If your pet dog or cat has died, scroll below to the dog photo. Read the below do-it-yourself advice first, but if you need to hire help, we perform dead animal removal services in over 500 US locations - updated for year 2023.
As a wildlife removal expert, I'm often called to remove dead animals from property. Sometimes it's simple, such as when a raccoon or opossum dies in a yard. Sometimes it's more complex, such as when a rat dies in the walls, or a squirrel dies in the attic. Every now and then, people actually call me to remove their deceased dog or cat. So, how does one properly dispose of the animal carcass?
Burial: You can bury the dead body on your property. If it's a pet, you may want to put it in a box (pet coffin) for sentimental reasons. Or you can just lay the body in the ground. I recommend digging a hole at least two feet deep, to prevent scavengers from digging it up. You can also lay stones over the spot to prevent digging.
Incineration: If you have access to an incinerator, you can cremate the body. This is how the local animal shelter probably does it. Since you don't own an incinerator, you could attempt a really big bonfire, but I doubt you'll do that. Call your vet or local animal services.
Bring It To Animal Services: Call your local animal services (click this map of the USA for the phone number in your county - I list every county in the USA) and ask if they can accept a dead animal body for proper disposal.
Throw It Out: Your local garbage service might well take a dead body, though perhaps they'll discourage it, especially if the animal is large. But a mouse, rat, or even squirrel should not be any problem.
After you read the below information, you may want to click on one of these guides that I wrote:
How much does dead animal removal cost? - get the lowdown on prices.
How to get rid of dead animals - especially inside a house.
Example dead animal removal photographs - get do-it-yourself ideas.
Dead animal removal job blog - learn from examples of dead animal jobs I've done.
OPTIONS FOR DECEASED PET DOG OR CAT:
If you need to keep the body fresher longer, refrigeration is the best option, if you have the ability. Otherwise, keep the body as cool as possible, and indoors. Remember that you may want to wear gloves or use a disposable plastic bag or sheet depending on the situation. Read more at my dead dog disposal page.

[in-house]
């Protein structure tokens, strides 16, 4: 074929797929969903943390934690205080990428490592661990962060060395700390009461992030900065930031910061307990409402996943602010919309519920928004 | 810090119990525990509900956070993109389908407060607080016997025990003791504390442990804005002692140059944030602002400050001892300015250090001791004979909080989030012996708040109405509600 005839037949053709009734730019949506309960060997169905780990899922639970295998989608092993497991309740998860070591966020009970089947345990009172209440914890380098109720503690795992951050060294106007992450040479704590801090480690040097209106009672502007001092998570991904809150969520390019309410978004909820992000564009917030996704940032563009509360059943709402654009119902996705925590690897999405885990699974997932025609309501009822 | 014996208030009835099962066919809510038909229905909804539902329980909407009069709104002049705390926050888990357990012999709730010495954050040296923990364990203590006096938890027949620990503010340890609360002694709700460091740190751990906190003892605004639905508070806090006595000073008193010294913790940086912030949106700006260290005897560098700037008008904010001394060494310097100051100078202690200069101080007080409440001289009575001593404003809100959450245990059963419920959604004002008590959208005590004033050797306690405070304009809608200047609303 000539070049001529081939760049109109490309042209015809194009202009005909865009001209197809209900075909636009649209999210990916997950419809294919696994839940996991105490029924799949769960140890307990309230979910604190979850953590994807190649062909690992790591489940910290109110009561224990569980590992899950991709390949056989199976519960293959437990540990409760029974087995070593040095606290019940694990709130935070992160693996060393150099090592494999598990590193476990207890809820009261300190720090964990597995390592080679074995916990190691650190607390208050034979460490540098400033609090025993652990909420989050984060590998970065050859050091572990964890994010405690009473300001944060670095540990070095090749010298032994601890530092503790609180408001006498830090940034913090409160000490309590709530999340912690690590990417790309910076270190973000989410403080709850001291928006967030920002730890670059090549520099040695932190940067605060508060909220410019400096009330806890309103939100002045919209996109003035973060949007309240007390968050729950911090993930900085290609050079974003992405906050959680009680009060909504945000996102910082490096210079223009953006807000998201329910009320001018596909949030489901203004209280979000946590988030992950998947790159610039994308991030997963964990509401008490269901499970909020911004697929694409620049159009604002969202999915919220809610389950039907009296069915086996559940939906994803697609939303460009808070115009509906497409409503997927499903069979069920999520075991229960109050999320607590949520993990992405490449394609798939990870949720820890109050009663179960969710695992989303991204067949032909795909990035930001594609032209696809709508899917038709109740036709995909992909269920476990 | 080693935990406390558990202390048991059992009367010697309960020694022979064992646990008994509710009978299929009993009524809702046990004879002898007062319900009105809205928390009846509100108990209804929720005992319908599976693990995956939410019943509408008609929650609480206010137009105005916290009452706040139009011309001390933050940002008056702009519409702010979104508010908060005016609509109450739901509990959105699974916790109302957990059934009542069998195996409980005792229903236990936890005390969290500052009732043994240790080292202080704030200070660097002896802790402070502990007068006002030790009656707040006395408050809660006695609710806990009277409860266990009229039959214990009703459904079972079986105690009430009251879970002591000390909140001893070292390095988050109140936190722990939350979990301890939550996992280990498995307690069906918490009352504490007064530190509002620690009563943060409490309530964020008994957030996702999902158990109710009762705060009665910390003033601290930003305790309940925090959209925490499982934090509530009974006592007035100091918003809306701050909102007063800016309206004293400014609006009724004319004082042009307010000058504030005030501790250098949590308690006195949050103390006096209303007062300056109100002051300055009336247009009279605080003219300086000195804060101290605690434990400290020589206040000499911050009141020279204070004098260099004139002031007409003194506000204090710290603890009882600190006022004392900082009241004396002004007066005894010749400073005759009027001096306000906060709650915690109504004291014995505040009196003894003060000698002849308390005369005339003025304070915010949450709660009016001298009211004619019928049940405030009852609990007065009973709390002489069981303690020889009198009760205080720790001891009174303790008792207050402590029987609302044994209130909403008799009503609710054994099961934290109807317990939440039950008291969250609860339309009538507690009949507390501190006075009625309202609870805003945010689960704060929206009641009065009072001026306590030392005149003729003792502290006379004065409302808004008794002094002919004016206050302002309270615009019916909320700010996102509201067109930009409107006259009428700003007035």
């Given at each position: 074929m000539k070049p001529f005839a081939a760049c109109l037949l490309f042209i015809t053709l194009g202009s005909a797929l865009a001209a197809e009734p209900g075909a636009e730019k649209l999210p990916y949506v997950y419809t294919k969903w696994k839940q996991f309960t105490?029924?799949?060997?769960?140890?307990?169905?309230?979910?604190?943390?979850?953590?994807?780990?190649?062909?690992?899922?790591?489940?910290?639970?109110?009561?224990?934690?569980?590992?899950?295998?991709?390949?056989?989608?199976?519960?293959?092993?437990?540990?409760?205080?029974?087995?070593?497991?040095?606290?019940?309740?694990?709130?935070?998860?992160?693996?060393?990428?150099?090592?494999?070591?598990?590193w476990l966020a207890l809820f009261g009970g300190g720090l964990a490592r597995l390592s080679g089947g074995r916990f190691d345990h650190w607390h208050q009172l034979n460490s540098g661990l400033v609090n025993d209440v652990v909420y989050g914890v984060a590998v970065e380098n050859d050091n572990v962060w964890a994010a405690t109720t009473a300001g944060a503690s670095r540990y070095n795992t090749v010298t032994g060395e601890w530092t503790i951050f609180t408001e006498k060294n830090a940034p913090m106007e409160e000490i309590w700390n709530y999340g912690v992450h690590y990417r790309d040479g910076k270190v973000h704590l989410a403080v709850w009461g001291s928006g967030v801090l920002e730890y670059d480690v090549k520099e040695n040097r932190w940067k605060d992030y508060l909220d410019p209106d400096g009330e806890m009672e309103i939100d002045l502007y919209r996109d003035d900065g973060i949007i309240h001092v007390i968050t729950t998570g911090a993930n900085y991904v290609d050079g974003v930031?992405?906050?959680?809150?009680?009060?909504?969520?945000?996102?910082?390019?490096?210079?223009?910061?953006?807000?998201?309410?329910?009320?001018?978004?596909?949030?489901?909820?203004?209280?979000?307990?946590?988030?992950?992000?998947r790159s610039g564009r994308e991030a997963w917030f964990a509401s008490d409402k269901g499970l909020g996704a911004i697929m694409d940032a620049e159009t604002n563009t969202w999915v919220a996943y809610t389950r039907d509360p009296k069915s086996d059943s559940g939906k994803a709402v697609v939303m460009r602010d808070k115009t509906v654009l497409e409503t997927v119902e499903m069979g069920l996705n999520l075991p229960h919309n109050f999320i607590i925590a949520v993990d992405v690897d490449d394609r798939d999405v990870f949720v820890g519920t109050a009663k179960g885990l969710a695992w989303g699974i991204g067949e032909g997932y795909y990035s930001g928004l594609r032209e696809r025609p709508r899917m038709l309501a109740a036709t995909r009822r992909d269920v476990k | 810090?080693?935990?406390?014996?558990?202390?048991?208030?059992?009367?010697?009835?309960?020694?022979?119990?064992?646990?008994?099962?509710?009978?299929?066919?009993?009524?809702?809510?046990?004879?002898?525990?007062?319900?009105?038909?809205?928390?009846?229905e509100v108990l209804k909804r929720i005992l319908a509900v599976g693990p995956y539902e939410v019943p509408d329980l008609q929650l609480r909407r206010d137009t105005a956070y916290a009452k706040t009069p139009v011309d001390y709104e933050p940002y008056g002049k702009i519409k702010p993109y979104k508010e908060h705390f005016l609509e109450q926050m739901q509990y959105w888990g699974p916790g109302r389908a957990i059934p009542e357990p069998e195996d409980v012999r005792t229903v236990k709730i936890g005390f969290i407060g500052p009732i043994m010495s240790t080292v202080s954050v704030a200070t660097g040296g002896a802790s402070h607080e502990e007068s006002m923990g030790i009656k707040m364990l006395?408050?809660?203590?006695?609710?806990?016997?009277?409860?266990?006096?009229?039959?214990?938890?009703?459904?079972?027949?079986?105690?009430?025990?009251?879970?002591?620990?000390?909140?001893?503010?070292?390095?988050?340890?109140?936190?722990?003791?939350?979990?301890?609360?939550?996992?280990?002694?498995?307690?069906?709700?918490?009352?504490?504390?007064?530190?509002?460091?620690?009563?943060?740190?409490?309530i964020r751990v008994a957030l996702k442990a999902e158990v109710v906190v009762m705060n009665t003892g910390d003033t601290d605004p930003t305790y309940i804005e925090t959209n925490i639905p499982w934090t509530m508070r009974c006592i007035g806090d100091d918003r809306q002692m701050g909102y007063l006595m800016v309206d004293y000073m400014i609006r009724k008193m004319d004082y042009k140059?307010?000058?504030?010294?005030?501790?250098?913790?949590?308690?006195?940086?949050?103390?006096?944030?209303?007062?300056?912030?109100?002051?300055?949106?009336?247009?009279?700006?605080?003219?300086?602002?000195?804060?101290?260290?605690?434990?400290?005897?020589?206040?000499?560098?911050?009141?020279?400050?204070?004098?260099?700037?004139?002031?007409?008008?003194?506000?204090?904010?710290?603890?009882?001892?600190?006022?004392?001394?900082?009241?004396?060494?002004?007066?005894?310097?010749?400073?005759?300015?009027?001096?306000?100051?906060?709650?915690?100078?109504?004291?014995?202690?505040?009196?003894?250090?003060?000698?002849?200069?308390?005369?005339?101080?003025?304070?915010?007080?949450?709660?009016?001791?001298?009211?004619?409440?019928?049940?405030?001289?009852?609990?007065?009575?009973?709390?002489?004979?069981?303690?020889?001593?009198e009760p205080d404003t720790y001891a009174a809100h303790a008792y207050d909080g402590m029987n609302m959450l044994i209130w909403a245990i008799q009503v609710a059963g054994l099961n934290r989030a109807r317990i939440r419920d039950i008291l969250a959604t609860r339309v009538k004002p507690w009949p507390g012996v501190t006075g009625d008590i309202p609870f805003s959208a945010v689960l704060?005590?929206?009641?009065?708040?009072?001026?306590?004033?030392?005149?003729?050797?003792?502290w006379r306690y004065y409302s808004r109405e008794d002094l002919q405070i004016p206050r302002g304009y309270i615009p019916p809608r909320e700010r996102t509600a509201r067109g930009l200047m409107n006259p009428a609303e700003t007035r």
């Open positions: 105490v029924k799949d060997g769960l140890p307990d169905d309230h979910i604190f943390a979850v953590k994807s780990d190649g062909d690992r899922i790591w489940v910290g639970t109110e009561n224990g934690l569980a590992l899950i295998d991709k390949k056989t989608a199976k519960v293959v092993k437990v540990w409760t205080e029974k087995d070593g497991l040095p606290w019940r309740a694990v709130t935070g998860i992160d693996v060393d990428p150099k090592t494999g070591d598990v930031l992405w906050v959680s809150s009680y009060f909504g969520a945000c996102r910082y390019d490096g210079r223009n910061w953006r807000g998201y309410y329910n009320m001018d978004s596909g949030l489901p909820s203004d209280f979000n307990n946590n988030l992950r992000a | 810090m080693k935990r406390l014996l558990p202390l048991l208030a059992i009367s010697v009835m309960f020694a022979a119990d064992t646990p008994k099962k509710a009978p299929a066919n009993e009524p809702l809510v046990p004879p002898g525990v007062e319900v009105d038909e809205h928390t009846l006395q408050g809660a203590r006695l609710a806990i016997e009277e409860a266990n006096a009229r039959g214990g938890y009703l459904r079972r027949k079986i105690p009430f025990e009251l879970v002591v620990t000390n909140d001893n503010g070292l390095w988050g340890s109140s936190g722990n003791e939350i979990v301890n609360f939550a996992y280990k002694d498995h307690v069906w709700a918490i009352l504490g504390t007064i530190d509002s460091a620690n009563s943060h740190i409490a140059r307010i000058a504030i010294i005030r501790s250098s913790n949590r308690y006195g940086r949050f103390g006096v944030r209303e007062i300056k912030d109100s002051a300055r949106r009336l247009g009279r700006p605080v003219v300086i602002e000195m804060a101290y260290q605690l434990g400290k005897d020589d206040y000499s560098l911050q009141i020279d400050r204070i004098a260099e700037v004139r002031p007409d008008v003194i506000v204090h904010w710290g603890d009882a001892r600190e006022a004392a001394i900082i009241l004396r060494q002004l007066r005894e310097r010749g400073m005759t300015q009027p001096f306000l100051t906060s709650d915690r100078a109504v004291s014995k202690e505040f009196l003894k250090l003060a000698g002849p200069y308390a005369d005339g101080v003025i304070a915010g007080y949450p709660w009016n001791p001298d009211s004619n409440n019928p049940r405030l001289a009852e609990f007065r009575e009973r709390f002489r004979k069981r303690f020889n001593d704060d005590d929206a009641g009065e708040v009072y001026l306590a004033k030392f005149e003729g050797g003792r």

DECEASED PET DOG OR CAT: I'm sorry your pet died. Many people don't know what to do. Your options are similar to what I've laid out above, but I wrote that about wild animals like raccoons, so I want to treat it with more care. First, one of your options still remains to bury your pet, and have a little ceremony. You can bury it on your property, of if you don't own any land, you can use a friend's property. It may not be legal in your area to use public land, but if you find a private spot, who is going to stop you, really? Bury it at least two feet down. Second, there are many pet cremation services in most cities. Do a search for pet cremation, and you'll likely find some. Third, your local department of sanitation (garbage collection) can simply take the body, if small, with the regular trash, if you're okay with that, and bring it to the landfill. I would personally be okay with that once I've said goodbye to my pet and put it in a bag inside a box. If the body is larger, maybe a dog, larger than 25 lbs, you can arrange with many city's dept. of sanitation for special pickup. I have every one in the USA listed here - just click on your state, then city or town. Or Google search for "[yourcity] department of sanitation". They often offer deceased animal pickup. Fourth, your local animal services might help, but they often do not take dead bodies, and you must transport it to their facility. They might cremate the animal. I do list the county animal services for most US cities and towns in the red text below the wildlife removal company listing. DO NOT CALL the wildlife removal company. They will get angry and hang up. Only call the dog/cat number listed in your town for the local County animal services. Or you can just Google search for your local city or county animal services, or SPCA, or humane society.